Pages: 410 pages
Publisher: Oxford University Press
Genre: Fiction & Literature, Classics
Edith Wharton’s satiric anatomy of American society in the first decade of the twentieth century appeared in 1913; it both appalled and fascinated its first reviewers, and established her as a major novelist. The Saturday Review wrote that she had ‘assembled as many detestable people as it is possible to pack between the covers of a six-hundred page novel’, but concluded that the book was ‘brilliantly written’, and ‘should be read as a parable’. It follows the career of Undine Spragg, recently arrived in New York from the Midwest and determined to conquer high society. Glamorous, selfish, mercenary, and manipulative, her principal assets are her striking beauty, her tenacity, and her father’s money. With her sights set on an advantageous marriage, Undine pursues her schemes in a world of shifting values, where triumph is swiftly followed by disillusion. Wharton was re-creating an environment she knew intimately, and Undine’s education for social success is chronicled in meticulous detail. The novel superbly captures the world of post-Civil War America, as ruthless in its social ambitions as in its business and politics.
The Custom of the Country was my first introduction to Edith Wharton and her writing style. People have always told me she is a great writer and I don’t know how I managed to evade her for so long, being an English major. I absolutely adored this book. Wharton’s wit and humor had me laughing throughout the entire read. It definitely is a satire, however, the portrayal of this early 20th century American society feels so real you have a hard time not seeing the relevant connections that we, the readers, can make to real life.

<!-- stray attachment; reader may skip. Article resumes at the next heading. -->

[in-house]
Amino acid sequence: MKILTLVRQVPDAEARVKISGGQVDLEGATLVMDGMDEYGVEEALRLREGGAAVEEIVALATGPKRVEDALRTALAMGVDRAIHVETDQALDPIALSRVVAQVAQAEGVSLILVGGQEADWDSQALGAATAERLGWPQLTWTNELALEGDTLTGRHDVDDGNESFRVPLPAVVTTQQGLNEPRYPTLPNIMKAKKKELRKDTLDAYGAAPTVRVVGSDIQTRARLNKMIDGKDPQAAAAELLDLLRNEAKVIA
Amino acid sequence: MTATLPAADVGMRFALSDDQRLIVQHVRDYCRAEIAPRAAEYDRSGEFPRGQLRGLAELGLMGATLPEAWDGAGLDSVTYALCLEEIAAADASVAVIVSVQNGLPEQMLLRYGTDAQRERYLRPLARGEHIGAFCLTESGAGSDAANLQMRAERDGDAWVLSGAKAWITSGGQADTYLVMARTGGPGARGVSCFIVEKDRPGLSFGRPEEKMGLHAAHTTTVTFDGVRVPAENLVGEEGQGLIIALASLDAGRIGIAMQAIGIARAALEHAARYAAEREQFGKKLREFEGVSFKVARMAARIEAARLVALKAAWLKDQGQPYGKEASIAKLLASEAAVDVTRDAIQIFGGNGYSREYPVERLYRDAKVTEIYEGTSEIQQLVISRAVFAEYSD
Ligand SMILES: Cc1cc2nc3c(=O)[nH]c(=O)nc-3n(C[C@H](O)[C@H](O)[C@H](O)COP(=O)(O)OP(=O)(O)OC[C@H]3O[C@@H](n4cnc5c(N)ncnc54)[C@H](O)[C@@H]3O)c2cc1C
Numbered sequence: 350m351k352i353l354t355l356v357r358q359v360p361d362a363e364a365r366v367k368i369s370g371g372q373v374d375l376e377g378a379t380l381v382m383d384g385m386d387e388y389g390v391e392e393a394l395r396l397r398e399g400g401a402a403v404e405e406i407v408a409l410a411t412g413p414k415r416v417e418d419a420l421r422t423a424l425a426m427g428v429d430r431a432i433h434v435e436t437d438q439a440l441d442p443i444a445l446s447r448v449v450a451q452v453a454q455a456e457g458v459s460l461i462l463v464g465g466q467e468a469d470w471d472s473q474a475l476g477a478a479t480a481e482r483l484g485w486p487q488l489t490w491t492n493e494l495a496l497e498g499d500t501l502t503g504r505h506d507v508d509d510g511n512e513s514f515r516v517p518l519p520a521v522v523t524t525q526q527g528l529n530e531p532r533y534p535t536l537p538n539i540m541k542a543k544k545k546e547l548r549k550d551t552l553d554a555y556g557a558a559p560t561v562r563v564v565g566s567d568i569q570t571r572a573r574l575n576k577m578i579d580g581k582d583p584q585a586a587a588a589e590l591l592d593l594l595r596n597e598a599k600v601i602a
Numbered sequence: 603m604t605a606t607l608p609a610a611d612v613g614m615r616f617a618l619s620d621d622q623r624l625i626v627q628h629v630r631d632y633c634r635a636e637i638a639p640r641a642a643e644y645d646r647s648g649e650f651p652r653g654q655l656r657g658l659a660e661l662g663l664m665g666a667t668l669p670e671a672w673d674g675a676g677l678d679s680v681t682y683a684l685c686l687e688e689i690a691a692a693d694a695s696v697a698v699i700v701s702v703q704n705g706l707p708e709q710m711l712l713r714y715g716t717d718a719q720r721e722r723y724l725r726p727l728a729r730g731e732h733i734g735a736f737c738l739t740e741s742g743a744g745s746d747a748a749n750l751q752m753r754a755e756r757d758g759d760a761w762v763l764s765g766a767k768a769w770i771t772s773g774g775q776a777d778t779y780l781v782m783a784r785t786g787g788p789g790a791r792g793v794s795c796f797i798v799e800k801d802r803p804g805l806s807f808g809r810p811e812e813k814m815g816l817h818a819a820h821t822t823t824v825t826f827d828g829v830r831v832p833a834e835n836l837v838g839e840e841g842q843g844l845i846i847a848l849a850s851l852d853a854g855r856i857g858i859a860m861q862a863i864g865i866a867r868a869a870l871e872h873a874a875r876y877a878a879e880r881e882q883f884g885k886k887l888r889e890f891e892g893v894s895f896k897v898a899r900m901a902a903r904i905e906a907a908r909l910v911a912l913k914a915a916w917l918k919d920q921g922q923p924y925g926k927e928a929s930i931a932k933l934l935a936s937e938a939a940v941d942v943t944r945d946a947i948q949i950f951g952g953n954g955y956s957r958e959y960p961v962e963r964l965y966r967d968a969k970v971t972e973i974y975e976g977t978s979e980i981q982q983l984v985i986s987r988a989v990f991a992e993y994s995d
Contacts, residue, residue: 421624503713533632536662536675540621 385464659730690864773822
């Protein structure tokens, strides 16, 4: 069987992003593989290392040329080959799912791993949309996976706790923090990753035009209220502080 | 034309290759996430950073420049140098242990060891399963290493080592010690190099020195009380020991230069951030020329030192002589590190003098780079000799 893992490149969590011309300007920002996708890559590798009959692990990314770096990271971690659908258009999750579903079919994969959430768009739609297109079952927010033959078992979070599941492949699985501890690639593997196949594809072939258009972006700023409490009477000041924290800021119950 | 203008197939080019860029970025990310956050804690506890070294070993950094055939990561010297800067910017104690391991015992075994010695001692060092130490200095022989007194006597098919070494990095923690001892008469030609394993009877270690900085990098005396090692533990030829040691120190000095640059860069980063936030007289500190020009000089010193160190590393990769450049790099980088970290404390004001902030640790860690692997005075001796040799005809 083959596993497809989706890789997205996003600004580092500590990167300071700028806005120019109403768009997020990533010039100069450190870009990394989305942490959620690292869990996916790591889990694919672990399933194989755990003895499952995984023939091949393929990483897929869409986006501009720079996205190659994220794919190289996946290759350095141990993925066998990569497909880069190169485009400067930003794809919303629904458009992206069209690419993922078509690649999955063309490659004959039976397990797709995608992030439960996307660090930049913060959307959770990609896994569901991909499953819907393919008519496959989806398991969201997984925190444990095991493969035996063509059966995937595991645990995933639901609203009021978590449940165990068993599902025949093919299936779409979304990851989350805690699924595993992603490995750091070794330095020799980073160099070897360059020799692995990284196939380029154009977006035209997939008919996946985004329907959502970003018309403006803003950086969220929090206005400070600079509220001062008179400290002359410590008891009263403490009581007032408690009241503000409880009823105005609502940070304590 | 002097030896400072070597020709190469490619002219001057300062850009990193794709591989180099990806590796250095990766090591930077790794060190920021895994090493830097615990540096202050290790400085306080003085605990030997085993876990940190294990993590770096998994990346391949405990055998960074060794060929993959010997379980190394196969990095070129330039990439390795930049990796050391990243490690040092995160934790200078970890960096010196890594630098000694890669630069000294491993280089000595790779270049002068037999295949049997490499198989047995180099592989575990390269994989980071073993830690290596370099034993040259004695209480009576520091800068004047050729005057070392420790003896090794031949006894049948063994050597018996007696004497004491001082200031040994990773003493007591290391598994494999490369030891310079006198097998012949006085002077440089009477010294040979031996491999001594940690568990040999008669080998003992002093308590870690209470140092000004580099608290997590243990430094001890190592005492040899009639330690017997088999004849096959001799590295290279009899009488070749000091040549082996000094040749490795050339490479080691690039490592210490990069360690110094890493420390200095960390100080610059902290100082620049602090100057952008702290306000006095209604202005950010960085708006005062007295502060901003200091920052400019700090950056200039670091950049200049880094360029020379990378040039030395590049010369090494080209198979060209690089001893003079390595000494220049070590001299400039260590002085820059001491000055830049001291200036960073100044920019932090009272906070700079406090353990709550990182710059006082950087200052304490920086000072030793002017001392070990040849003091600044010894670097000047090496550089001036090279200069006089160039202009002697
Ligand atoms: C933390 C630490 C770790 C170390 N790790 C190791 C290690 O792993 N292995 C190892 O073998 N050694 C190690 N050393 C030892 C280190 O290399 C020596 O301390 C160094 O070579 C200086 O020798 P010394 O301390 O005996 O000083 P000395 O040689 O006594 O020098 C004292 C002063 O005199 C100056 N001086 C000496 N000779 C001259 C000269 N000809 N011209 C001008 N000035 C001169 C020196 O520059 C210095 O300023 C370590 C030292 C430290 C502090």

Undine Spragg is one of the most despicable characters you will ever meet. Everyone of Undine’s action will have you repulsed and disgusted with her personality. Unfortunately, that makes her one of the most realistic characters you will ever encounter. Undine knows what she wants, and yes takes questionable actions to meet those motives, but she persist and endeavors and you really have to admire that in a person. Undine’s personality embodies main idea of this time period: the focus of American materialism with limited education. That is particularly one of the reasons why I loved reading this book. The themes and ideas that are exhibited in this novel are elements that still could be applied today’s world. It was like Undine was using society’s flaws to her advantage. High society never really cared for higher education or refinement where it really mattered. So, Undine used the system to meet her needs. You really have to give her props for that.
Another reason for loving this book is the connection I could not help making between this and Austen’s other works. Undine reminds me of Lady Susan. Lady Susan was a manipulative character and also a bad mother but not as bad as Undine. She could actually teach Lady Susan a thing or to. Wharton’s writing is not at all like Austen’s but her storytelling and her wide range of unsympathetic characters make it a very close second. A naive but ambitious young heroine who has expectations in her life? This writing formula will pull in any Austen lover.
Entertaining, humorous, shocking, and thought-provoking…Edith Wharton’s The Custom of the Country is one book that will have you entertained for hours. If you liked books like The Great Gatsby or Lady Susan, you will enjoy this book. Undine Spragg may be deplorable but you really can’t condemn her for her ambitions. As you will see when you this book, society made it that way. Another fantastic read to add to my list.
Overall rating: 5 out of 5 stars